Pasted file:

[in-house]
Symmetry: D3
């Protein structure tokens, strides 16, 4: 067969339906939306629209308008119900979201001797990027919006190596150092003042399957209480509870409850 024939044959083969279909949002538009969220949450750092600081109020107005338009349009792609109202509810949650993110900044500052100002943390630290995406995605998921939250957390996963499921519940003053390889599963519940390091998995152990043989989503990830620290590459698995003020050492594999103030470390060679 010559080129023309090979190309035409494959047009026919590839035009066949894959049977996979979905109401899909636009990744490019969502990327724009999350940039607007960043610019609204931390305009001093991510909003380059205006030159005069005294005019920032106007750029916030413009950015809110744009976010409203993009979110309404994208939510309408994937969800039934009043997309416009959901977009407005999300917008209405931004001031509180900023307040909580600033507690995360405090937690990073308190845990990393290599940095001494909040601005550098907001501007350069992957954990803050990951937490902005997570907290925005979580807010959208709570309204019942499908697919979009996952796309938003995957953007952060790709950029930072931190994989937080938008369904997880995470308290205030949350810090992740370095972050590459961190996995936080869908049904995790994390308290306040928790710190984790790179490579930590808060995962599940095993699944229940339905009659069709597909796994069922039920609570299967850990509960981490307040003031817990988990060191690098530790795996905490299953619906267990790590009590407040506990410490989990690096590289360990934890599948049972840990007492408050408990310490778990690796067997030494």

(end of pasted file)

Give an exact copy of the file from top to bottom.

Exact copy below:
[in-house]
Symmetry: D3
């Protein structure tokens, strides 16, 4: 067969339906939306629209308008119900979201001797990027919006190596150092003042399957209480509870409850 024939044959083969279909949002538009969220949450750092600081109020107005338009349009792609109202509810949650993110900044500052100002943390630290995406995605998921939250957390996963499921519940003053390889599963519940390091998995152990043989989503990830620290590459698995003020050492594999103030470390060679 010559080129023309090979190309035409494959047009026919590839035009066949894959049977996979979905109401899909636009990744490019969502990327724009999350940039607007960043610019609204931390305009001093991510909003380059205006030159005069005294005019920032106007750029916030413009950015809110744009976010409203993009979110309404994208939510309408994937969800039934009043997309416009959901977009407005999300917008209405931004001031509180900023307040909580600033507690995360405090937690990073308190845990990393290599940095001494909040601005550098907001501007350069992957954990803050990951937490902005997570907290925005979580807010959208709570309204019942499908697919979009996952796309938003995957953007952060790709950029930072931190994989937080938008369904997880995470308290205030949350810090992740370095972050590459961190996995936080869908049904995790994390308290306040928790710190984790790179490579930590808060995962599940095993699944229940339905009659069709597909796994069922039920609570299967850990509960981490307040003031817990988990060191690098530790795996905490299953619906267990790590009590407040506990410490989990690096590289360990934890599948049972840990007492408050408990310490778990690796067997030494």